Water, Taxes Top Issues for Ag Groups at State CapitolMon, 24 Feb 2014 11:51:56 CST
Oklahoma lawmakers have been in session for a little over two weeks and have taken action on a number of issues. Tommy Thomas represents American Farmers and Ranchers at the Oklahoma state capitol. He spoke recently with Radio Oklahoma Network Farm Director Ron Hays and says they are closely watching a number of issues so far this year.
"The water issues are more important the last couple of years than they had been before. It's important that we do a better job in Oklahoma of planning for our water security in the future. There are some bills that deal with drought mitigation that we are interested in.
"Obviously, any tax issue is important to us. The governor is proposing a quarter-of-a-percent reduction in taxes and, while we would all like to pay less in income taxes, we still are concerned about the core services that are available to all Oklahomans and we are hopeful that if the tax cut does come that there will be limited damage to those core services."
Thomas says the agricultural groups work closely with each other at the state capitol on matters of common interest. He says they now get together at lunch every Monday to discuss strategy and support each other in their efforts so that agriculture can speak with a strong, common voice.
The announcement by Senator Tom Coburn that he would leave office early began a cascade of politicians announcing their intentions to run for Coburn's seat or announcing their bids to run for the offices being vacated by those politicians who were running. That cascade resulted in Speaker of the House T.W. Shannon stepping down from his post in a bid for Coburn's Senate seat and the election of Jeff Hickman as the new Speaker.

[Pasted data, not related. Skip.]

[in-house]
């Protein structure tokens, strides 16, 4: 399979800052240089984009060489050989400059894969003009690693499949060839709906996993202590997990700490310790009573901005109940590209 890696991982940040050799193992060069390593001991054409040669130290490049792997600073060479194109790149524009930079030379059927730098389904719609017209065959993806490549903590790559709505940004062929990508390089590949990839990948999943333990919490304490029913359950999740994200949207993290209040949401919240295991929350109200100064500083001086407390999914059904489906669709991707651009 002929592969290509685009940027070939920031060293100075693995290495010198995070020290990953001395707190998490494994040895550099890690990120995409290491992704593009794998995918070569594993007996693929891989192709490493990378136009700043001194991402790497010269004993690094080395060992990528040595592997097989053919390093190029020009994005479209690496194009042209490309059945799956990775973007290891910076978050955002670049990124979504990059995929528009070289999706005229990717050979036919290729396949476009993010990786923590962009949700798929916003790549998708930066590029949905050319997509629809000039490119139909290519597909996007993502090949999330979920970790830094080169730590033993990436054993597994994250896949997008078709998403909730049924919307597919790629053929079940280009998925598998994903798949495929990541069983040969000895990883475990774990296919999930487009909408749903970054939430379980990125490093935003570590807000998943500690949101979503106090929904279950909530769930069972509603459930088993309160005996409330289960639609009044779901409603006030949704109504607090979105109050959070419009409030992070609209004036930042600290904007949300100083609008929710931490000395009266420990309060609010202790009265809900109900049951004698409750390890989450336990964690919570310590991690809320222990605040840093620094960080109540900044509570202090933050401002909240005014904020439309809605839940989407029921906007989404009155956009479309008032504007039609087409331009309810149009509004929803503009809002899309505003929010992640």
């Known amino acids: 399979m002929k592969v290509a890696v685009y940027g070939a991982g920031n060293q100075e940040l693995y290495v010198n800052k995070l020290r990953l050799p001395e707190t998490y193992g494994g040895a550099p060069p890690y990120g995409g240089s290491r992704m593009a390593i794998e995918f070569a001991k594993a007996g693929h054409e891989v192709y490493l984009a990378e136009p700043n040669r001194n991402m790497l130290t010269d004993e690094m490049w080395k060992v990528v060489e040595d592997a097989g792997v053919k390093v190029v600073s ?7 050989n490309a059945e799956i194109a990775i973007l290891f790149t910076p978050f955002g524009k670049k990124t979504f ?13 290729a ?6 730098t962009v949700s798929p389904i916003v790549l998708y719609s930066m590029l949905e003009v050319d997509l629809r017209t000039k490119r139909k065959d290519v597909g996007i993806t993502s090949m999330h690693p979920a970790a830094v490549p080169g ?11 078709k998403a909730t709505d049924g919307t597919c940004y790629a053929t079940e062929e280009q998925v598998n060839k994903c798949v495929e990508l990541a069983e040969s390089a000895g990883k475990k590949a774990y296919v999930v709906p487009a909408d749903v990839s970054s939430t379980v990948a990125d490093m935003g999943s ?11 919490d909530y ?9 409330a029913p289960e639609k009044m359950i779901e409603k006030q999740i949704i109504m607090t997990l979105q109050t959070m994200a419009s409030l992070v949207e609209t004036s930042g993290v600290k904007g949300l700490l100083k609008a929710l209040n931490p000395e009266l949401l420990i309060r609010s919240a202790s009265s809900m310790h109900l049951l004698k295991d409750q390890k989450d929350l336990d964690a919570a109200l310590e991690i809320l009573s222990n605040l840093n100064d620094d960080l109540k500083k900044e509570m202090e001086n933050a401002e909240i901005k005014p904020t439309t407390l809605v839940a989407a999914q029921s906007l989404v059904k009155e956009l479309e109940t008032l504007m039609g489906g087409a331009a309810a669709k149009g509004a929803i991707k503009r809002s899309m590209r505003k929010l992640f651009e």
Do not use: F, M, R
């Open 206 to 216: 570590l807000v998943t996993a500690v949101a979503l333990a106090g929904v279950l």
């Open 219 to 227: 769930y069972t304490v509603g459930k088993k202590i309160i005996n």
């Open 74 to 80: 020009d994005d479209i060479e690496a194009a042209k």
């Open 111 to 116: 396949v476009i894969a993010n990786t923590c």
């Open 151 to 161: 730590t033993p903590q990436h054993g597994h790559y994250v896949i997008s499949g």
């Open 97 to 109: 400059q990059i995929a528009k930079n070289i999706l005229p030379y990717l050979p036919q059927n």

"Jeff Hickman, the speaker now, from Fairview, is going to do a great job, there's no doubt about that," Thomas says. "Still, any time you have a change of leadership at the very top during the legislative session, it creates some ripples. It's going to be interesting to see how that all works out."
Thomas says he believes it will be tremendously beneficial for the state to have a speaker who is not only from rural Oklahoma, but has a background in agriculture himself.
"Before this last reapportionment, 61 of the 101 House members came from metropolitan Oklahoma City or metropolitan Tulsa. So, 61 of 101 were 'city' boys, for lack of a better word, and they're all wonderful people and they have the best of intentions. But they have very little occasion to come to the rural part of Oklahoma and understand our world and understand the distances our children have to travel on school buses, understand our county governments are more important to us than city governments, and rural roads and bridges are the way we get our farm product to town, get the feed, seed and fertilizer that we have to have back to our ranches. So, we've got to do a better job of helping our urban cousins understand what makes up the fabric of our life. And it's just as important to them as it is to us, but we're going to have to do a better job explaining that."
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